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Issue #53: Going on trial, getting (the) shot and signing the forms

19 Apr 2021

Issue #53: Going on trial, getting (the) shot and signing the forms

Our medical doctors and nurses who have direct patient contact at The Royal Melbourne Hospital (RMH) were, together with the laboratory scientists and technologists who work with fully infectious SARS-CoV-2, given the Pfizer BioNTech (PB) vaccine (#43) in the Phase 1A, front-line healthcare worker (HCW) ‘first wave’ of the national vaccine rollout. Being in the Phase 1B cohort as a consequence of age, I called up and got my wife Penny and I on the list as soon as I saw the e-mail announcing that the University Health Clinic was signing-up candidates for the AstraZeneca (AZ) shot (#43).

Part of the motivation for doing this as early as possible was that Eureka Prize and Emmy Award-winning film-maker Sonya Pemberton – who made the wonderful Jabbed documentary on vaccination that featured some years back on both SBS and the US PBS Network – has been doing a story on COVID-19 that focuses in part on the work of the Doherty Institute. It’s due to air on the ABC around, or before, mid-year, and, as Sonya drove ahead to wind-up the editing process, she insisted that video of us making our way to, then getting the vaccine shot was part of her storyline. You can meet Sonya and see something of Jabbed here.

Calling up the University Clinic on the Monday we were, along with video crews from both Sonya’s team and the Doherty Institute, organised to present ourselves for the shot on that Friday. But the vaccine didn’t arrive, so we made a further date for the following Wednesday. Turning up early, we then went through the whole filming performance that’s necessary to create a visual storyline. From time to time, that’s been a minor part of our life since the 1996 Nobel Award.

Before that, further to letting Sonya and our media people know that we had an appointment at the vaccination clinic, my next step was to contact Siddhartha Mahanty who, as part of our medical team working between RMH and the Doherty Institute, had gone through the detailed process of designing, then getting the approvals for, a clinical trial aimed at characterising antibody responses to both the PB and AZ vaccines. As a participant, signing up for a trial means providing relevant personal details by answering various questions on an appropriately designed ‘informed consent’ form.

That done, Siddhartha organised for me to be bled by a phlebotomist (a research nurse) so that ‘before’ serum samples (stored in a deep freeze) would be there to provide the negative baseline for the series of ‘after’ bleeds to monitor the progression of my vaccine-induced antibody response. That initial contact involved taking 63ml of blood into a number of those familiar, negative-pressure ‘vacutainers’ that suck blood out once the double-ended needle is first sitting happily in your vein, then penetrating the rubber cap of the collection tube. The first post vaccination bleed, which required a much smaller volume, was seven days after the AZ jab.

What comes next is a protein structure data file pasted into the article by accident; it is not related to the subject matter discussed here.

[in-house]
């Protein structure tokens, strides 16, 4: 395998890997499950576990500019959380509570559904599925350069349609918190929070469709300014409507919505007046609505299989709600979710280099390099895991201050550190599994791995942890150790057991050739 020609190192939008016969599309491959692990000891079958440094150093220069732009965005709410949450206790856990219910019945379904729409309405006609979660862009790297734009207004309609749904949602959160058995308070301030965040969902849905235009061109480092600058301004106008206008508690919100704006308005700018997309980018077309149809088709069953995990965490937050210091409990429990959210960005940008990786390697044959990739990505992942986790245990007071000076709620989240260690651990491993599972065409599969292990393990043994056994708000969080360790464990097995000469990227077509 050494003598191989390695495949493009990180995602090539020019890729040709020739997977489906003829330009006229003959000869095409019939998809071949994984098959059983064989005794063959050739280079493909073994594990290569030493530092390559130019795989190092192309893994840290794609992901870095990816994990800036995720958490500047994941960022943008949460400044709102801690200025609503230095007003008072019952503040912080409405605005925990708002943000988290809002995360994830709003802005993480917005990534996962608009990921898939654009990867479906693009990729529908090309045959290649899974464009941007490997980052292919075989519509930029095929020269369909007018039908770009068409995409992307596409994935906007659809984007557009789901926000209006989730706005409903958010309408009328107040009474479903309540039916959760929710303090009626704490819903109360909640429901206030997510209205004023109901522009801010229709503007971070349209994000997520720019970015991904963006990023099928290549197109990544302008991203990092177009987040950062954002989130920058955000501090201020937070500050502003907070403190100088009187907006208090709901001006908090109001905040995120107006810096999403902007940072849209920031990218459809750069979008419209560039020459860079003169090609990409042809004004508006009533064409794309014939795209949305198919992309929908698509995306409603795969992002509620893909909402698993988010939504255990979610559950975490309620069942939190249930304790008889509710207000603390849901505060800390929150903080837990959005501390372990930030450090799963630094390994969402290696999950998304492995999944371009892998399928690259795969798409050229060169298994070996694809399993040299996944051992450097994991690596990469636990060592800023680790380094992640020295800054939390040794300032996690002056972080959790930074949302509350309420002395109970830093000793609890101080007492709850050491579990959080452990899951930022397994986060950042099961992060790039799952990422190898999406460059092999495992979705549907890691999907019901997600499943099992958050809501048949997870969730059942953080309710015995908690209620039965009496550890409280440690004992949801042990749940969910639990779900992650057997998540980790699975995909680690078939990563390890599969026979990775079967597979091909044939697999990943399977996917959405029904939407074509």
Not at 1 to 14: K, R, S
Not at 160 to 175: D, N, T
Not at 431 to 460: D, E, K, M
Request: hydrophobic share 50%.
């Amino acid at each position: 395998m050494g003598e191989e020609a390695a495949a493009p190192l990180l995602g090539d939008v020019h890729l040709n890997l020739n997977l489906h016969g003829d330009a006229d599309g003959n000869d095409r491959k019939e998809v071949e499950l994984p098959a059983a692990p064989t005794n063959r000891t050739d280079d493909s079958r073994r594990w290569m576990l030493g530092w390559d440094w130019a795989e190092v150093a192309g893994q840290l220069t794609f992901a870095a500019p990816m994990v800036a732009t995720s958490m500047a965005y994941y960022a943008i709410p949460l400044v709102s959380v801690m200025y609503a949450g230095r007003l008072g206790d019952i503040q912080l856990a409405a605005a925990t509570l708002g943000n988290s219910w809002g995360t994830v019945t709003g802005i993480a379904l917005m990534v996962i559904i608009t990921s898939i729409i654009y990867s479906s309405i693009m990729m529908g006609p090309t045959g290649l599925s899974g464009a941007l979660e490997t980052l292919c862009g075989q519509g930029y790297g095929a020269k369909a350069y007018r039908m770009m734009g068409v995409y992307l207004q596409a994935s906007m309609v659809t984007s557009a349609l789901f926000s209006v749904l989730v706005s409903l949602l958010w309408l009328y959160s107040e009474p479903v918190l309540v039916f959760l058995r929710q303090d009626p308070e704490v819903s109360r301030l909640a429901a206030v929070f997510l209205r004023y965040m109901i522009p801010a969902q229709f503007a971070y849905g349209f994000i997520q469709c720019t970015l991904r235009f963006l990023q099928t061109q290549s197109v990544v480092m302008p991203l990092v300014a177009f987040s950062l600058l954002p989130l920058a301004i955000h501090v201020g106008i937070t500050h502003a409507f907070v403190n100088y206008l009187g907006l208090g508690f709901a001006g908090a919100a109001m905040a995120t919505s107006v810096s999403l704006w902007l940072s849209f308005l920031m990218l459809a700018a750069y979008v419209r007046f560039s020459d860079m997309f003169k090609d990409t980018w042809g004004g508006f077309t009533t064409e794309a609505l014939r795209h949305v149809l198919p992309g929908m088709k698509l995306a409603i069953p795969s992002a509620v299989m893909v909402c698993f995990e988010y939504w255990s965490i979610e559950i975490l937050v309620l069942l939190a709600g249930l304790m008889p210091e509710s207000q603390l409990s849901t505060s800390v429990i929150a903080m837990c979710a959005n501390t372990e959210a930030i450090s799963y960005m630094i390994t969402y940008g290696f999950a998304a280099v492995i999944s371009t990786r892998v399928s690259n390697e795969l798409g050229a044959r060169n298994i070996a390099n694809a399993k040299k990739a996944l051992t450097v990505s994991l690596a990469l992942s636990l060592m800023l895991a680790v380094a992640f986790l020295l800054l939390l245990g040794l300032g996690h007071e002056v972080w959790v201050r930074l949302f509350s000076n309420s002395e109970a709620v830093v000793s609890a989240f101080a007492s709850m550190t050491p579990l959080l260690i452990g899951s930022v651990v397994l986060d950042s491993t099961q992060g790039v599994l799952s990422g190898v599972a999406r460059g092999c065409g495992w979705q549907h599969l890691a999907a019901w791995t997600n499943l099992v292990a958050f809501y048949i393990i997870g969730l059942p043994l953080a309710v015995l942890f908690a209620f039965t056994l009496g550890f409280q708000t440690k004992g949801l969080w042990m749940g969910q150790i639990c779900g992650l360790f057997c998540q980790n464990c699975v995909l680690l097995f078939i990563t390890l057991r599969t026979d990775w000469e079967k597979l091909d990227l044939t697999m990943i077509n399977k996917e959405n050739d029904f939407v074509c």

I’d also let my long-term colleague Katherine Kedzierska who has, over the years, moved much of our T cell-mediated immunity (#18 #33) research program from mice to humans, know that I was enrolling in Siddhartha’s trial. That led immediately to my signing a separate informed consent so that my blood samples could also be used in Katherine’s trial, with her interest being more in the white blood cell (WBC) fraction (#7) than the serum. Katherine’s laboratory is pursuing a detailed analysis of COVID-19 vaccination versus SARS-CoV-2 infection-induced T cell and B cell responses (#18), using sophisticated molecular and cellular technologies established earlier for studying influenza.

By the time I’d been accepted into these two clinical trials, then had the vaccine shot, I’d signed three different ‘informed consents’, one for each trial and one for the administration of the vaccine. As part of that process, I acknowledged that I’d read, in plain English, a summary of possible risks, and that I’d agreed to take those risks. Every medical intervention is, like crossing the street, a risk/benefit equation. In particular, we must be clearly informed about any level of risk when we are signing up to be human ‘lab rats’ in a research protocol. And an essential part of the ethical approval process for such trials requires that the acceptable risk is appropriate for the perceived benefit

Protection from severe disease, the intended benefit of getting the vaccine, is obvious (#21). Because of the nature of these trials I will, somewhat unusually, eventually have the benefit of knowing how the vaccine has worked for me (#40). In general, the best correlation of protection will likely be the level of SARS-CoV-2 specific antibodies in my blood (#21 #52). That I would learn from Siddhartha’s trial but, by signing on to Katherine’s research protocol, I hope to learn more about my own cell-mediated immune response, the subject I’ve now worked on for almost 50 years. Both these observational trials are restricted to personnel at RMH and the Doherty Institute, so they aren’t taking members of the broader public. More next week about clinical trials and how you might sign-up if you want to be involved. We’ll also talk more about informed consent, risk/benefit and the evolving story of what’s happening with the AZ vaccine.

Setting it Straight by Laureate Professor Peter Doherty Archive